It's not the greatest looking photo. It's kind of a hot mess and could use a iron to get rid of those wrinkles in the front but it was photographed just as it came off the sewing machine and it was a long day and who am I kidding, I don't like ironing. I do like this dress though.
This is the Iris dress by Tina Givens. These patterns have a Bohemian-Victorian vibe, not really a work appropriate look. But in the right fabric, I think it will work.
But when I saw this photo on the Tina Givens website I was convinced to give this pattern company a try. Once the pattern arrived I was taken by the familiarity with Lynn Mizono's Vogue 1410 sleeveless dress pattern. How do they contrast and compare. The exaggerated hip shape of the pattern is about all these two patterns have in common.
The Iris dress has sleeves and pockets. What is doesn't have are shoulder, centre front and centre back seams. The pattern piece for the dress is placed on two folds! And the fit is lovely. I didn't have to shorten the length at all. And I'm pleased with the length. The sleeves on the photo above are shown to be 3/4 length but on me they're full length. It is missing something though, oh yes, notches. There is a pocket pattern piece and no notches only a illustration to suggest the placement of the pocket. My guess was off about two inches and the pocket does fall a little low for my liking. The instructions are illustrated and written on the pattern paper.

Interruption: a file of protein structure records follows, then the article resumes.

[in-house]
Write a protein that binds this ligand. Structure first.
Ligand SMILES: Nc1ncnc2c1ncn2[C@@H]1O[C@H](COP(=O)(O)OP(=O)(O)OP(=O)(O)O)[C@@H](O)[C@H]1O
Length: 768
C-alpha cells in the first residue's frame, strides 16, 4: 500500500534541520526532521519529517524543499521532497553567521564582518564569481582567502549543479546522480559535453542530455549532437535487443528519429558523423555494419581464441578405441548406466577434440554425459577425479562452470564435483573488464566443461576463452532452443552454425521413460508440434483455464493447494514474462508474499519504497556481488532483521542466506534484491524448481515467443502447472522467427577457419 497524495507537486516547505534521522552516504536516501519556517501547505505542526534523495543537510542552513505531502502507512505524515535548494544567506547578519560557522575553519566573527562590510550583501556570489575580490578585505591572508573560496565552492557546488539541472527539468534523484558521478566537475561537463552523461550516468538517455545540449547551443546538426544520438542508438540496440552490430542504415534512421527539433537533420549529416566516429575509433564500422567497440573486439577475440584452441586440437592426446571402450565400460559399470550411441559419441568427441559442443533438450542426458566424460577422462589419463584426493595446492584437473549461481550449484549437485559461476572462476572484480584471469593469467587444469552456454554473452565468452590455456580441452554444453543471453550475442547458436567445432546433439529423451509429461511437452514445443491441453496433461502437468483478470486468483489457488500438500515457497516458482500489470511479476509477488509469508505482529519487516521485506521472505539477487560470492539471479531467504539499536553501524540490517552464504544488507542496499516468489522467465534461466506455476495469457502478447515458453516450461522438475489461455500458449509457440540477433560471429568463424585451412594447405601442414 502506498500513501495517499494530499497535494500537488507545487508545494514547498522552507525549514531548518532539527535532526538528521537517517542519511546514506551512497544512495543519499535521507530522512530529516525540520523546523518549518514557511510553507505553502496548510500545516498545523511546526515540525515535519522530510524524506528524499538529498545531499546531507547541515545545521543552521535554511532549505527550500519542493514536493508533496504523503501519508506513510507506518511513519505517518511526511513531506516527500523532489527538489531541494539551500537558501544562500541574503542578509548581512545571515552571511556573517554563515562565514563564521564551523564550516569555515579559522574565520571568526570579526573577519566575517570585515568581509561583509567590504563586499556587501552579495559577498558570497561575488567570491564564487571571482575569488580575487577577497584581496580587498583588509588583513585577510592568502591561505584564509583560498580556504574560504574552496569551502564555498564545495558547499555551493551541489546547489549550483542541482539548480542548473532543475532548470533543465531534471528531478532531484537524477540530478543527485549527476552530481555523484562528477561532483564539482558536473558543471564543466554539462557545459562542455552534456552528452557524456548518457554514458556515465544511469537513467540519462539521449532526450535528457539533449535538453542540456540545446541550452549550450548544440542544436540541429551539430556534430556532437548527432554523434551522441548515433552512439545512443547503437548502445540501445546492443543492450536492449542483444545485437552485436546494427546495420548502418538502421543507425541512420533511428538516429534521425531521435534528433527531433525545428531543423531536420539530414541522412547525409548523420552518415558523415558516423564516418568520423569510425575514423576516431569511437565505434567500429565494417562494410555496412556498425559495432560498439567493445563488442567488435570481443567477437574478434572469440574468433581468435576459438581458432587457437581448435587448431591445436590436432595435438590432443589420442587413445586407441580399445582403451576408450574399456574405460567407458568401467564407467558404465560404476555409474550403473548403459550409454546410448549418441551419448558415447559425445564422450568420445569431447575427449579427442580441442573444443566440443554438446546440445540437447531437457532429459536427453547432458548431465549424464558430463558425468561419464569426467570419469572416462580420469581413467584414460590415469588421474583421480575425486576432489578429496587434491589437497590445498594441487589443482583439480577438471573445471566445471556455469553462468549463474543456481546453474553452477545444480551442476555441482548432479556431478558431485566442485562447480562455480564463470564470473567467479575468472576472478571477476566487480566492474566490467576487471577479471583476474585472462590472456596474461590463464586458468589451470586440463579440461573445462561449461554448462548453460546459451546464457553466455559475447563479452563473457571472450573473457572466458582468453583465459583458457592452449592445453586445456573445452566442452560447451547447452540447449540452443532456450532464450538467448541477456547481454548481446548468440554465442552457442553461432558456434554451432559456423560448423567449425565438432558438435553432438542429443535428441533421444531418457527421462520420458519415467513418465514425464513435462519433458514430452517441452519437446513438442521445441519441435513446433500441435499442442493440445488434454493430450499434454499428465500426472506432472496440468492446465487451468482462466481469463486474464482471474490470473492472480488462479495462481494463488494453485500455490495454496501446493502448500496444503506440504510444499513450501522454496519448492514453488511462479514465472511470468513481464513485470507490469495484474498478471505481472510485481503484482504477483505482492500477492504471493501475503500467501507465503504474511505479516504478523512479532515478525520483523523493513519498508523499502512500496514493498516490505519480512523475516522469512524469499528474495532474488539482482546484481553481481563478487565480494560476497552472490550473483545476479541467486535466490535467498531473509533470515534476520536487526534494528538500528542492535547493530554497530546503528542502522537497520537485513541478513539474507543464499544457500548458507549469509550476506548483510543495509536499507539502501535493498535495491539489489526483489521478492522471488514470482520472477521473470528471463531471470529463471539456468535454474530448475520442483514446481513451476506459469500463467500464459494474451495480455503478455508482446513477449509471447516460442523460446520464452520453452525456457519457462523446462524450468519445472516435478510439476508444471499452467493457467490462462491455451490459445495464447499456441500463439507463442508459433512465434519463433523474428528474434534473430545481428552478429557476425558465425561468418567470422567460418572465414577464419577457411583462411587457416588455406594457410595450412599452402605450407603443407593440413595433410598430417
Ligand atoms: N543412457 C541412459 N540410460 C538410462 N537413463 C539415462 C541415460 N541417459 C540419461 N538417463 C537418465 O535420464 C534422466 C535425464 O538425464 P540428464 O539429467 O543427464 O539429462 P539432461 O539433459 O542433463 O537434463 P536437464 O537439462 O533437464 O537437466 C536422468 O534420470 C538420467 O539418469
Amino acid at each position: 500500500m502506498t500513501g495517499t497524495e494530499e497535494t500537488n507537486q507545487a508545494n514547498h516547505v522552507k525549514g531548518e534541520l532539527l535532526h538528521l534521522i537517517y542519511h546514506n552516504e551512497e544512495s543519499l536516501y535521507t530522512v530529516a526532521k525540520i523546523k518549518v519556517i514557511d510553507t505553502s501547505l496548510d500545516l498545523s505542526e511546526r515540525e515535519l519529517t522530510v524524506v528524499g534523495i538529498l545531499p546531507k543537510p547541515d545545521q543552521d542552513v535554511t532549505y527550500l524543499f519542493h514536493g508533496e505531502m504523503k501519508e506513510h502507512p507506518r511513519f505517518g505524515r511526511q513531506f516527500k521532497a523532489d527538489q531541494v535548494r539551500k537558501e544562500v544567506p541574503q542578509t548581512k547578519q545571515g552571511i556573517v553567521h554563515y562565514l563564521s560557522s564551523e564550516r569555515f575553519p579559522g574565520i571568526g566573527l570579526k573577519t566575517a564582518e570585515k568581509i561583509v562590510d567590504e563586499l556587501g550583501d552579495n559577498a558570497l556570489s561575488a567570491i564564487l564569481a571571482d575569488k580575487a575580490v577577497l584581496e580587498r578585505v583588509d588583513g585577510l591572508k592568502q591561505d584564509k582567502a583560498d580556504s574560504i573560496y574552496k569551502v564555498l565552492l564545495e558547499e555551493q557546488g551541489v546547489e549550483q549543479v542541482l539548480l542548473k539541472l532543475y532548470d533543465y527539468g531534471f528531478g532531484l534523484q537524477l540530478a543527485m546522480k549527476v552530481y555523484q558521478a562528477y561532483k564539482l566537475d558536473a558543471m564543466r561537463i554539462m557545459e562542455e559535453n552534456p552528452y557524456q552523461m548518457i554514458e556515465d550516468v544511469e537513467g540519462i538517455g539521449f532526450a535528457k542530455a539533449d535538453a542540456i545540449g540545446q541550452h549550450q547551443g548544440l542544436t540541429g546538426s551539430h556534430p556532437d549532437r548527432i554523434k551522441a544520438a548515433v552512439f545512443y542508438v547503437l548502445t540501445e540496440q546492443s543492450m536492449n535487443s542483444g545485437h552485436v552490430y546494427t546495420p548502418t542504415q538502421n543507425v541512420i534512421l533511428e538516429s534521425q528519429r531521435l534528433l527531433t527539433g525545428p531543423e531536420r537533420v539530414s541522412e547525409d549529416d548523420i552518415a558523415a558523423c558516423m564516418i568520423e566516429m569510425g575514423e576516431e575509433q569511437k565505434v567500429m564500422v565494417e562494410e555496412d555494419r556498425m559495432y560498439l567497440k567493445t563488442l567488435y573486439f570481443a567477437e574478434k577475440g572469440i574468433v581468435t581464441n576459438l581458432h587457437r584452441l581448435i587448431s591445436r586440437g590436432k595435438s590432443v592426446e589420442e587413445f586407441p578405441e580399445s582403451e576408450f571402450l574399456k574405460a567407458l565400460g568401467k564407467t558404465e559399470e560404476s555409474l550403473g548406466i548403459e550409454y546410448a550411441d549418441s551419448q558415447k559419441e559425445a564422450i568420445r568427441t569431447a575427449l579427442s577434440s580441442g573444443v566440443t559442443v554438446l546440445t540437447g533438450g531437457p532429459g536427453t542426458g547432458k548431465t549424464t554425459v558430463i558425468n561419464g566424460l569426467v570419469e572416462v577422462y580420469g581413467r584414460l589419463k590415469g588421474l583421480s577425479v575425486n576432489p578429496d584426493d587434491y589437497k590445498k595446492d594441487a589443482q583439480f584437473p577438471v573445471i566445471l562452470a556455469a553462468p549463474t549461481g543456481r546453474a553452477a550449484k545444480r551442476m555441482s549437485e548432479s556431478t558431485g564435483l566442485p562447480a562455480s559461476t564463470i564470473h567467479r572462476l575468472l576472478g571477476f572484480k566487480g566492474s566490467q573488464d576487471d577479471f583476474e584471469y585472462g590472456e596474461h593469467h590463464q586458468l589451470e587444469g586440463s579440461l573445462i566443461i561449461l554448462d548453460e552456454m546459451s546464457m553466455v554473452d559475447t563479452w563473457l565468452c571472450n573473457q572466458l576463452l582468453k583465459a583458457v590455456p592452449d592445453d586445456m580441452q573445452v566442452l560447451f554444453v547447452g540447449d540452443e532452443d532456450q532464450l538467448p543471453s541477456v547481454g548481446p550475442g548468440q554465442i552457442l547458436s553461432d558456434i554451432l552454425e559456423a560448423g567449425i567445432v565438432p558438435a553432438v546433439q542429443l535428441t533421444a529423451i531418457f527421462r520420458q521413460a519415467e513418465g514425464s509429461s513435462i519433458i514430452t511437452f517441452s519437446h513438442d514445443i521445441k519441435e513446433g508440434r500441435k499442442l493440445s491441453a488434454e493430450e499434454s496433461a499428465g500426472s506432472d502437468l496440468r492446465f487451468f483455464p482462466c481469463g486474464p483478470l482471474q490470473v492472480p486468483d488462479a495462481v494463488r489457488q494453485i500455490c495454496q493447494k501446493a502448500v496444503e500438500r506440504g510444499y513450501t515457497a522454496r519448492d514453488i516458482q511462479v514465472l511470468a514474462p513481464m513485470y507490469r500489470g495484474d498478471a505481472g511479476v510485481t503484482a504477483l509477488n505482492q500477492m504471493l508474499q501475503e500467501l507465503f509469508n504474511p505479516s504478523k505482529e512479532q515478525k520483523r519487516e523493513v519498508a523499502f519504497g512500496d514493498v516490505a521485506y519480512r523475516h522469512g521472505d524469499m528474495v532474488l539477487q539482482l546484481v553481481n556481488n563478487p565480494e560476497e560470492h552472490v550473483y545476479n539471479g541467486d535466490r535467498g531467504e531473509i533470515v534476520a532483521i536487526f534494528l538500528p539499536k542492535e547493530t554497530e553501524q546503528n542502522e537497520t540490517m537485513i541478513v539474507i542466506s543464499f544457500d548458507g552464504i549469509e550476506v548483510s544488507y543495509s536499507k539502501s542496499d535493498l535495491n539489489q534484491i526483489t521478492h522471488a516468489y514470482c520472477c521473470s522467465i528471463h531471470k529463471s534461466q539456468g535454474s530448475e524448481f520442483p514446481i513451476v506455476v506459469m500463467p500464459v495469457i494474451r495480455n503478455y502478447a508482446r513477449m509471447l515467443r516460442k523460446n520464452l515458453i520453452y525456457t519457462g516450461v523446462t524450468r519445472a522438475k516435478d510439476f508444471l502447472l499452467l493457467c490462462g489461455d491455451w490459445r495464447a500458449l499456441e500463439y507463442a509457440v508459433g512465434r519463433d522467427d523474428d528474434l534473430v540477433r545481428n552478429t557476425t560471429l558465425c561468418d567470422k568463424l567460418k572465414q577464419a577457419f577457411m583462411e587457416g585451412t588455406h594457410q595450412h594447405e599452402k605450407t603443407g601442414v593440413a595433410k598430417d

I got as far as French seam the collar on the pattern instructions and then went off on my own. I didn't like going back to the large pattern sheet to access the instructions. Besides, it really is an easy project. I did eliminated the neckline binding and French seamed the neckline as well.
One thing that I would do differently is not to have the right sides together when I sew the collar to the neckline because of the way it folds the wrong side of the fabric shows. Next time I will sew the wrong side of the collar to the right side of the dress so that when the collar drapes over the shoulders when worn, it will be the right side of the collar that is showing.
No pattern alterations at all and I'm happy with the length on the hem and sleeves. For a muslin, I'm actually pleased with how it turned out and don't mind wearing this one.
To try out this pattern, I used a light-weight cotton knit from my stash. The edges curled and it was challenging to pin it down before taking this project over to the sewing machine for stitching. I interfaced the hems with Knit-N-Stable tape for some control of the edges. The most challenging part of working with this fabric was getting it laid out before I could lay out the pattern pieces. With the pattern demanding two fold lines, lengthwise for the dress front and back and crosswise for the shoulder and sleeve, I found it challenging to smooth out this fabric, contend with the edges curling and making sure the folds were straight. I don't think I will want to make this in another cotton knit even though it is very comfortable for this humid weather. It looks like another one will have to wait.
I would like to make this in a fabric similar to the website photo and I did find a lovely sweater knit over at Emma One Sock. More appropriate for autumn wear.
This is a Tahari wool blend double-knit that I thought would be nice but at $26.00 / yard plus international shipping this piece of fabric is destined to remain in my dreams. Maybe a ponte knit would be nice if I didn't give up man-made fibres.
Fabric: 3 metres light-weight cotton knit
Interfacing: Knit-N-Stable tape
Pattern: The Iris Dress by Tina Givens
Additional supplies & tools: Burda tracing paper, pencil, cutting table, pins, rulers, pin cushion, scissors, tailor's chaulk, thread, thread clippers, sewing machine, walking foot, serger, tweezers, iron, ironing board and water.